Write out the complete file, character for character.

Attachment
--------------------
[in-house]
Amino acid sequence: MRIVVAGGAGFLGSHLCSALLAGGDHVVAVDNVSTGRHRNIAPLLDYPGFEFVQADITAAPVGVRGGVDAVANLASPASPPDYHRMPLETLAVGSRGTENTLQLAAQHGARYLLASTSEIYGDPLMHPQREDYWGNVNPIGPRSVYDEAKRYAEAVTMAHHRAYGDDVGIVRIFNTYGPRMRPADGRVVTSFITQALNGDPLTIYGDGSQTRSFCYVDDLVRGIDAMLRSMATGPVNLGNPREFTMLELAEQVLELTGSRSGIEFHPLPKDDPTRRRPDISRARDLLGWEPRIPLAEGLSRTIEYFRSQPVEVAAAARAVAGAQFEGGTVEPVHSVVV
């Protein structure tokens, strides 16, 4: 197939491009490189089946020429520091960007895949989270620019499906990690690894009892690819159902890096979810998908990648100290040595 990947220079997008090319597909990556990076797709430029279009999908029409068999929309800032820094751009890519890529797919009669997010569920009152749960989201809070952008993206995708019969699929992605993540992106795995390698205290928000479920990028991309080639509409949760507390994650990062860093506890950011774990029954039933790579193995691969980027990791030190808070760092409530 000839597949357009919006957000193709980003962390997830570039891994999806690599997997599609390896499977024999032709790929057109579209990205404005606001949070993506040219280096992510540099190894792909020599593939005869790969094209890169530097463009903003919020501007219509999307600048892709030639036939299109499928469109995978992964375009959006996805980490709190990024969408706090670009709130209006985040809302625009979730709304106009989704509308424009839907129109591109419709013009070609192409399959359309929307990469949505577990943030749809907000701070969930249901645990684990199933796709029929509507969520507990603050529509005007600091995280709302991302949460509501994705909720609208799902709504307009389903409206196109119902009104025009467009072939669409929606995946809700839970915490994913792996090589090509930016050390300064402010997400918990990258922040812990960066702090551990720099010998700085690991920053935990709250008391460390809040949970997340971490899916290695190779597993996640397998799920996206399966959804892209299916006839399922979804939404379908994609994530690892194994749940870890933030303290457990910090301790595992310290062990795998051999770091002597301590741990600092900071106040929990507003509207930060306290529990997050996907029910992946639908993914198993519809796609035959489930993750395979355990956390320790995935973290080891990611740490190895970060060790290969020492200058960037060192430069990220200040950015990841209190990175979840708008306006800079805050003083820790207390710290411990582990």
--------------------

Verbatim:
[in-house]
Amino acid sequence: MRIVVAGGAGFLGSHLCSALLAGGDHVVAVDNVSTGRHRNIAPLLDYPGFEFVQADITAAPVGVRGGVDAVANLASPASPPDYHRMPLETLAVGSRGTENTLQLAAQHGARYLLASTSEIYGDPLMHPQREDYWGNVNPIGPRSVYDEAKRYAEAVTMAHHRAYGDDVGIVRIFNTYGPRMRPADGRVVTSFITQALNGDPLTIYGDGSQTRSFCYVDDLVRGIDAMLRSMATGPVNLGNPREFTMLELAEQVLELTGSRSGIEFHPLPKDDPTRRRPDISRARDLLGWEPRIPLAEGLSRTIEYFRSQPVEVAAAARAVAGAQFEGGTVEPVHSVVV
């Protein structure tokens, strides 16, 4: 197939491009490189089946020429520091960007895949989270620019499906990690690894009892690819159902890096979810998908990648100290040595 990947220079997008090319597909990556990076797709430029279009999908029409068999929309800032820094751009890519890529797919009669997010569920009152749960989201809070952008993206995708019969699929992605993540992106795995390698205290928000479920990028991309080639509409949760507390994650990062860093506890950011774990029954039933790579193995691969980027990791030190808070760092409530 000839597949357009919006957000193709980003962390997830570039891994999806690599997997599609390896499977024999032709790929057109579209990205404005606001949070993506040219280096992510540099190894792909020599593939005869790969094209890169530097463009903003919020501007219509999307600048892709030639036939299109499928469109995978992964375009959006996805980490709190990024969408706090670009709130209006985040809302625009979730709304106009989704509308424009839907129109591109419709013009070609192409399959359309929307990469949505577990943030749809907000701070969930249901645990684990199933796709029929509507969520507990603050529509005007600091995280709302991302949460509501994705909720609208799902709504307009389903409206196109119902009104025009467009072939669409929606995946809700839970915490994913792996090589090509930016050390300064402010997400918990990258922040812990960066702090551990720099010998700085690991920053935990709250008391460390809040949970997340971490899916290695190779597993996640397998799920996206399966959804892209299916006839399922979804939404379908994609994530690892194994749940870890933030303290457990910090301790595992310290062990795998051999770091002597301590741990600092900071106040929990507003509207930060306290529990997050996907029910992946639908993914198993519809796609035959489930993750395979355990956390320790995935973290080891990611740490190895970060060790290969020492200058960037060192430069990220200040950015990841209190990175979840708008306006800079805050003083820790207390710290411990582990």